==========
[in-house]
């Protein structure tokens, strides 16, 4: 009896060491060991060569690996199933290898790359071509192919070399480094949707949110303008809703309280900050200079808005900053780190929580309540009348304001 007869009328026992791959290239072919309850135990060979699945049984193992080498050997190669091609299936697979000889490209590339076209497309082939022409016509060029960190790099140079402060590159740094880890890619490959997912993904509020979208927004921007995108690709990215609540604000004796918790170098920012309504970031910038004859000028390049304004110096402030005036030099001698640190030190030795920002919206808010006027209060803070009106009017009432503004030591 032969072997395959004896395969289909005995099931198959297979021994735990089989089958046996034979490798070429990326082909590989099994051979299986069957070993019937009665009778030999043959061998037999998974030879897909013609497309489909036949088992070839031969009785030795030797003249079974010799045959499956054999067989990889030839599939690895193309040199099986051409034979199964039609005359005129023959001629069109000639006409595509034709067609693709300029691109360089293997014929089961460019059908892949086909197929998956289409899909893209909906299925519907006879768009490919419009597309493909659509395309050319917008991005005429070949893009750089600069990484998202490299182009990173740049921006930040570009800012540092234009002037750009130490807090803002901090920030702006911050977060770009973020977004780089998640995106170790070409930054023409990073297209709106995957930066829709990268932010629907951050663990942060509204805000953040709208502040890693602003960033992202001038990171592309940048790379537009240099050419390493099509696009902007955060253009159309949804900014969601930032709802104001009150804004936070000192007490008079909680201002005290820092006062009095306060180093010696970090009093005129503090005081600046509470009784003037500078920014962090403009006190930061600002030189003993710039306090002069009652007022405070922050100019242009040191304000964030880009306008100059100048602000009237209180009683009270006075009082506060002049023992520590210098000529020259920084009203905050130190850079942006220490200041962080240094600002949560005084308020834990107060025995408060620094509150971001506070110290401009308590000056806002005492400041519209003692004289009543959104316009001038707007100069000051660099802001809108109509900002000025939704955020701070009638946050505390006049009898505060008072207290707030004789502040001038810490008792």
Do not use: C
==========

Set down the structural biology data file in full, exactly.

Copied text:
[in-house]
């Protein structure tokens, strides 16, 4: 009896060491060991060569690996199933290898790359071509192919070399480094949707949110303008809703309280900050200079808005900053780190929580309540009348304001 007869009328026992791959290239072919309850135990060979699945049984193992080498050997190669091609299936697979000889490209590339076209497309082939022409016509060029960190790099140079402060590159740094880890890619490959997912993904509020979208927004921007995108690709990215609540604000004796918790170098920012309504970031910038004859000028390049304004110096402030005036030099001698640190030190030795920002919206808010006027209060803070009106009017009432503004030591 032969072997395959004896395969289909005995099931198959297979021994735990089989089958046996034979490798070429990326082909590989099994051979299986069957070993019937009665009778030999043959061998037999998974030879897909013609497309489909036949088992070839031969009785030795030797003249079974010799045959499956054999067989990889030839599939690895193309040199099986051409034979199964039609005359005129023959001629069109000639006409595509034709067609693709300029691109360089293997014929089961460019059908892949086909197929998956289409899909893209909906299925519907006879768009490919419009597309493909659509395309050319917008991005005429070949893009750089600069990484998202490299182009990173740049921006930040570009800012540092234009002037750009130490807090803002901090920030702006911050977060770009973020977004780089998640995106170790070409930054023409990073297209709106995957930066829709990268932010629907951050663990942060509204805000953040709208502040890693602003960033992202001038990171592309940048790379537009240099050419390493099509696009902007955060253009159309949804900014969601930032709802104001009150804004936070000192007490008079909680201002005290820092006062009095306060180093010696970090009093005129503090005081600046509470009784003037500078920014962090403009006190930061600002030189003993710039306090002069009652007022405070922050100019242009040191304000964030880009306008100059100048602000009237209180009683009270006075009082506060002049023992520590210098000529020259920084009203905050130190850079942006220490200041962080240094600002949560005084308020834990107060025995408060620094509150971001506070110290401009308590000056806002005492400041519209003692004289009543959104316009001038707007100069000051660099802001809108109509900002000025939704955020701070009638946050505390006049009898505060008072207290707030004789502040001038810490008792």
Do not use: C